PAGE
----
What a perfect way to use the surplus of blackberries and raspberries that we're blessed with each summer! Raspberries, Blackberries, and Blueberries are full of vitamins, minerals, and antioxidants.Gelatin is known to support skin, hair and nail growth, is good for your joints, can help improve digestion since it naturally binds to water and helps food move more easily though the digestive track, it is a great source of dietary collagen, and although minimal, it is also a source of protein and it's specific amino acids can help build muscle.
Whew. Now that we know this, let's make jello!!!
Delish local honey!
Cooking down the berries.
Strained skins and seeds and the pulpy juice.
2 TB Gelatin, grass-fed is advised
1c. Cold water
4c. Fresh or frozen berries
3/4c Water (may vary)
2/3 Cup honey (Or sugar or other sweetener)
- Place 2 tbsp of gelatin in a bowl with a 1 cup of cold water. Stir and let sit for 5 minutes, and allow the gelatin to soften.
- Over medium heat, place the berries in a small saucepan. Heat slowly and press the fruit down with a potato masher as it is cooking down. Bring to a slight simmer (but not a boil) and remove from heat.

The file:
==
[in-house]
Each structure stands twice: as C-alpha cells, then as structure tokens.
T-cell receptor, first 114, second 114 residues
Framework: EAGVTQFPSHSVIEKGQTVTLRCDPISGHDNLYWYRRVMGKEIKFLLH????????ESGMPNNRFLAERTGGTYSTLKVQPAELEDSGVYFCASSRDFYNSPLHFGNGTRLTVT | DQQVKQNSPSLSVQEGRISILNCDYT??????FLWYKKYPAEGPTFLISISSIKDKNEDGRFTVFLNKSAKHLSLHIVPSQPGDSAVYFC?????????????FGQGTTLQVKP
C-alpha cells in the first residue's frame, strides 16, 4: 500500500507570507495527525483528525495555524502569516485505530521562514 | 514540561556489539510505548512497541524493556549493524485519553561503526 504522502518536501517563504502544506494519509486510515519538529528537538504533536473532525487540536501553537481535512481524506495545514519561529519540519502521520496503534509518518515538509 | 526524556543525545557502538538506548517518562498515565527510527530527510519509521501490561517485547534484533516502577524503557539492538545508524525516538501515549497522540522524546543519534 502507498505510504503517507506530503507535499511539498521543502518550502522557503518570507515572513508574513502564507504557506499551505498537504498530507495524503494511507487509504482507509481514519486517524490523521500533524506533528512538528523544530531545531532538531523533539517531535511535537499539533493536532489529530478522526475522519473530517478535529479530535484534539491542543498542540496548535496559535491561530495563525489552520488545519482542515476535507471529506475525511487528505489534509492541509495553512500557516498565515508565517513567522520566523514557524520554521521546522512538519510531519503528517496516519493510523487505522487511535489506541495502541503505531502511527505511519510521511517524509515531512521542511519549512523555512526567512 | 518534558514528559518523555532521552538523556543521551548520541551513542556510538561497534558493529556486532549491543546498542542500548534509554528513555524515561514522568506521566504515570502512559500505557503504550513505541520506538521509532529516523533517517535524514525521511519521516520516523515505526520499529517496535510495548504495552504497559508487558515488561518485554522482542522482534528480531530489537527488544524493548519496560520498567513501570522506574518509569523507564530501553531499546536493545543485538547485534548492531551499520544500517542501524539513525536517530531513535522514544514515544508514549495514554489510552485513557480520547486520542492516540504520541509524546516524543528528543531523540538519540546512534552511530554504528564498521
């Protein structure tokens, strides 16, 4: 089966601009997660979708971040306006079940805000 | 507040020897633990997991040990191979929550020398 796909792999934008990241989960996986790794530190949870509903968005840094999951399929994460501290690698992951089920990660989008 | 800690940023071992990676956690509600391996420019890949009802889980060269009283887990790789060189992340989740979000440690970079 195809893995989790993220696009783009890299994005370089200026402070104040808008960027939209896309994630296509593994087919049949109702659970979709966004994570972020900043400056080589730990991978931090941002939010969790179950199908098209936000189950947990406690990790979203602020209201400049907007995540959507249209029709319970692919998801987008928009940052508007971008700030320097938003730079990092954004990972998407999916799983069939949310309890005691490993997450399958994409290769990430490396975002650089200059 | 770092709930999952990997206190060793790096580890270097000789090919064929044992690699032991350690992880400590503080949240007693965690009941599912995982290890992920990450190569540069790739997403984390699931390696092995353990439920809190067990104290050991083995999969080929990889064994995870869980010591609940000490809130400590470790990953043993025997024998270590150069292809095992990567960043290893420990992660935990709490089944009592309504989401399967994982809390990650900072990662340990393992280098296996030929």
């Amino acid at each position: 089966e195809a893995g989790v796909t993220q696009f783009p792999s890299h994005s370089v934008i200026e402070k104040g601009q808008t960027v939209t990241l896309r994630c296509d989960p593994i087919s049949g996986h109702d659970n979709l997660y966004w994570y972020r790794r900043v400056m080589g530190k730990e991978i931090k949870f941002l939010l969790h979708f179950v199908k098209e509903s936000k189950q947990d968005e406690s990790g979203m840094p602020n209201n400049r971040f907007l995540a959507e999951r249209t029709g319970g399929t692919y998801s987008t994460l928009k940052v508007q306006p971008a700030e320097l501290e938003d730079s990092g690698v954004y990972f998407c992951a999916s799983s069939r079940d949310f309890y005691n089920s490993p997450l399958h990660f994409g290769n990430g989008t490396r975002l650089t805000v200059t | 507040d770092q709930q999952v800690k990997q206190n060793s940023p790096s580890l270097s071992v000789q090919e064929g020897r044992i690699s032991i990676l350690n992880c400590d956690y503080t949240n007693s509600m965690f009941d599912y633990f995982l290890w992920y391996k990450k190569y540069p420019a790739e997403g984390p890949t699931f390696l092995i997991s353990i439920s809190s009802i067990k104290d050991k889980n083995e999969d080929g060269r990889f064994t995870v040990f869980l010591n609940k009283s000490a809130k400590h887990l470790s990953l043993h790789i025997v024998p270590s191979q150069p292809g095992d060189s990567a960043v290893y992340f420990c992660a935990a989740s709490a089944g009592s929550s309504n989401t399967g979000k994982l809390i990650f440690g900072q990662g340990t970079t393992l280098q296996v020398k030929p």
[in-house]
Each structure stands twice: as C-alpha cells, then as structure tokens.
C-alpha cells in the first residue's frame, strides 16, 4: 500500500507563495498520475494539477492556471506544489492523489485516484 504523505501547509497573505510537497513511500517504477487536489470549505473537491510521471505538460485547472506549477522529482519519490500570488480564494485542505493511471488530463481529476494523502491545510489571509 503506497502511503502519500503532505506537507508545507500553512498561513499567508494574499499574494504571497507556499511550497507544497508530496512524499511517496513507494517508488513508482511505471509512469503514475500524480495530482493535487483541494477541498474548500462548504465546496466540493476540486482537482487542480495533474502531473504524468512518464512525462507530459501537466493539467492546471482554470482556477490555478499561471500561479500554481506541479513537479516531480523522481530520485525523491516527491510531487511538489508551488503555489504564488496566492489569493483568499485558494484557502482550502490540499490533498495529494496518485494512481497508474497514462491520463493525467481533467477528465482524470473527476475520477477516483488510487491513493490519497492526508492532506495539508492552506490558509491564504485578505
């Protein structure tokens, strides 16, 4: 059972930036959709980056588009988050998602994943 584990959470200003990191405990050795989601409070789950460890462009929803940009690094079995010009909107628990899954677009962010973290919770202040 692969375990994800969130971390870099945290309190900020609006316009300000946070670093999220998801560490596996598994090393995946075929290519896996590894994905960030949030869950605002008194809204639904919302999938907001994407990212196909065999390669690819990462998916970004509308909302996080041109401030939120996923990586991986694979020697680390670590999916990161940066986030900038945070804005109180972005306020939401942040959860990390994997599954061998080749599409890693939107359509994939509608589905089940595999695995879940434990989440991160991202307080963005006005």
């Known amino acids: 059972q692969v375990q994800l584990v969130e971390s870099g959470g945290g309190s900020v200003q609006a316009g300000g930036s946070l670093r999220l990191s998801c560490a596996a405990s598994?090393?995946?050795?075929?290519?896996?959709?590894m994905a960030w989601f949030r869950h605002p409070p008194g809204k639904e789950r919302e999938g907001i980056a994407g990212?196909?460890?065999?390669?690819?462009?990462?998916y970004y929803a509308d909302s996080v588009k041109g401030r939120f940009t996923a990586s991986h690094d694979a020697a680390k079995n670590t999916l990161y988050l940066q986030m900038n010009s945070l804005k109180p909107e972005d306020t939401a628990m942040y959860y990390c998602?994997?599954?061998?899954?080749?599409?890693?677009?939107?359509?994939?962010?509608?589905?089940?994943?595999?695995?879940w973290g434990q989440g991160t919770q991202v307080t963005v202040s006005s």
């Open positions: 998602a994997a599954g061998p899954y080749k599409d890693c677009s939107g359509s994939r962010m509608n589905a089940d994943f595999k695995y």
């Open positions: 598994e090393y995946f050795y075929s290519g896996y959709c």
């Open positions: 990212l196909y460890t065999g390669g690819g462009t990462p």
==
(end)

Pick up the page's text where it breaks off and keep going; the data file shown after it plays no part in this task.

- Strain fruit through a sieve or fine mesh sifter. Cheese cloth could also be used. You should have 1 1/2 cups of puree left once you are through. You want to have a total liquid of 3 cups including your sweetener. Add sweetener, and then enough water to this mixture up to 3 c.
- Return back to stove and bring back to slight simmer.
- Stir in the softened gelatin and stir until dissolved and combined, about 1 minute.
- Pour into your favorite jello mold or a glass pyrex dish.
- Chill for at least 4 hours before serving.
- By no means throw away the seeds and skins you have strained out, if you don't mind seeds! I added some honey to mine, and it turned out as a perfect jam type of thing for bread or yogurt.
- P.S. Bigger families may want to double this recipe, as it only makes about 3c. It is much more dense than store-bought jello, so serving sizes will inevitably be smaller.
Above is my strained raspberry and blueberry skins. On the right is the jar of homemade raspberry/strawberry jam in comparison to the raw jam. The fresh jam tastes much more "fruity," less cooked, and less sugary.